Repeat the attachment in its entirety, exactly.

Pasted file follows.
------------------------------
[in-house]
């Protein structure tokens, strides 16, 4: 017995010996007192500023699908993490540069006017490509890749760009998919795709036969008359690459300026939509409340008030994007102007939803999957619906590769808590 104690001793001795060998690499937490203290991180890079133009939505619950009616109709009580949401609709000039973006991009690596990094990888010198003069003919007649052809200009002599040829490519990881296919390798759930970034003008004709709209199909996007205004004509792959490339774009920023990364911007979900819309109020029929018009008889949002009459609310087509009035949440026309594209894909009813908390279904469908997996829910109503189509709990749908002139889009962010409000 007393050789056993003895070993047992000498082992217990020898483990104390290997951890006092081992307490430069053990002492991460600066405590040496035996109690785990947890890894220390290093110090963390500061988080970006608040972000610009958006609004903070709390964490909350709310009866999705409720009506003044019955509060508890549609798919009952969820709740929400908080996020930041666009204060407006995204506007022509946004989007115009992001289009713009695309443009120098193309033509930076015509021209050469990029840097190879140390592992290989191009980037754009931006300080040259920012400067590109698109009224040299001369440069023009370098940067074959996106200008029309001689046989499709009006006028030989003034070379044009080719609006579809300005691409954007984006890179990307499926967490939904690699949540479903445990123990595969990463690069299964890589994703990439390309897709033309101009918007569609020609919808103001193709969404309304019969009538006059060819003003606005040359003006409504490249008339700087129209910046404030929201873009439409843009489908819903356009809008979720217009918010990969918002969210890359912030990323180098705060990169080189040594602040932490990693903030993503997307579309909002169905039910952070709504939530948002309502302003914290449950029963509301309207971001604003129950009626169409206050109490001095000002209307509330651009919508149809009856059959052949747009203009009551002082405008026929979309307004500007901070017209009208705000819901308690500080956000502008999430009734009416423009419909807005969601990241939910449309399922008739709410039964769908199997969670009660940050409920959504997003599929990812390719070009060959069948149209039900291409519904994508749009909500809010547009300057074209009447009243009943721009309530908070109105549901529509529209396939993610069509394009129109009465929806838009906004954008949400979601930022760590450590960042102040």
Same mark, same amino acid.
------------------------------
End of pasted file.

[in-house]
């Protein structure tokens, strides 16, 4: 017995010996007192500023699908993490540069006017490509890749760009998919795709036969008359690459300026939509409340008030994007102007939803999957619906590769808590 104690001793001795060998690499937490203290991180890079133009939505619950009616109709009580949401609709000039973006991009690596990094990888010198003069003919007649052809200009002599040829490519990881296919390798759930970034003008004709709209199909996007205004004509792959490339774009920023990364911007979900819309109020029929018009008889949002009459609310087509009035949440026309594209894909009813908390279904469908997996829910109503189509709990749908002139889009962010409000 007393050789056993003895070993047992000498082992217990020898483990104390290997951890006092081992307490430069053990002492991460600066405590040496035996109690785990947890890894220390290093110090963390500061988080970006608040972000610009958006609004903070709390964490909350709310009866999705409720009506003044019955509060508890549609798919009952969820709740929400908080996020930041666009204060407006995204506007022509946004989007115009992001289009713009695309443009120098193309033509930076015509021209050469990029840097190879140390592992290989191009980037754009931006300080040259920012400067590109698109009224040299001369440069023009370098940067074959996106200008029309001689046989499709009006006028030989003034070379044009080719609006579809300005691409954007984006890179990307499926967490939904690699949540479903445990123990595969990463690069299964890589994703990439390309897709033309101009918007569609020609919808103001193709969404309304019969009538006059060819003003606005040359003006409504490249008339700087129209910046404030929201873009439409843009489908819903356009809008979720217009918010990969918002969210890359912030990323180098705060990169080189040594602040932490990693903030993503997307579309909002169905039910952070709504939530948002309502302003914290449950029963509301309207971001604003129950009626169409206050109490001095000002209307509330651009919508149809009856059959052949747009203009009551002082405008026929979309307004500007901070017209009208705000819901308690500080956000502008999430009734009416423009419909807005969601990241939910449309399922008739709410039964769908199997969670009660940050409920959504997003599929990812390719070009060959069948149209039900291409519904994508749009909500809010547009300057074209009447009243009943721009309530908070109105549901529509529209396939993610069509394009129109009465929806838009906004954008949400979601930022760590450590960042102040």
Same mark, same amino acid.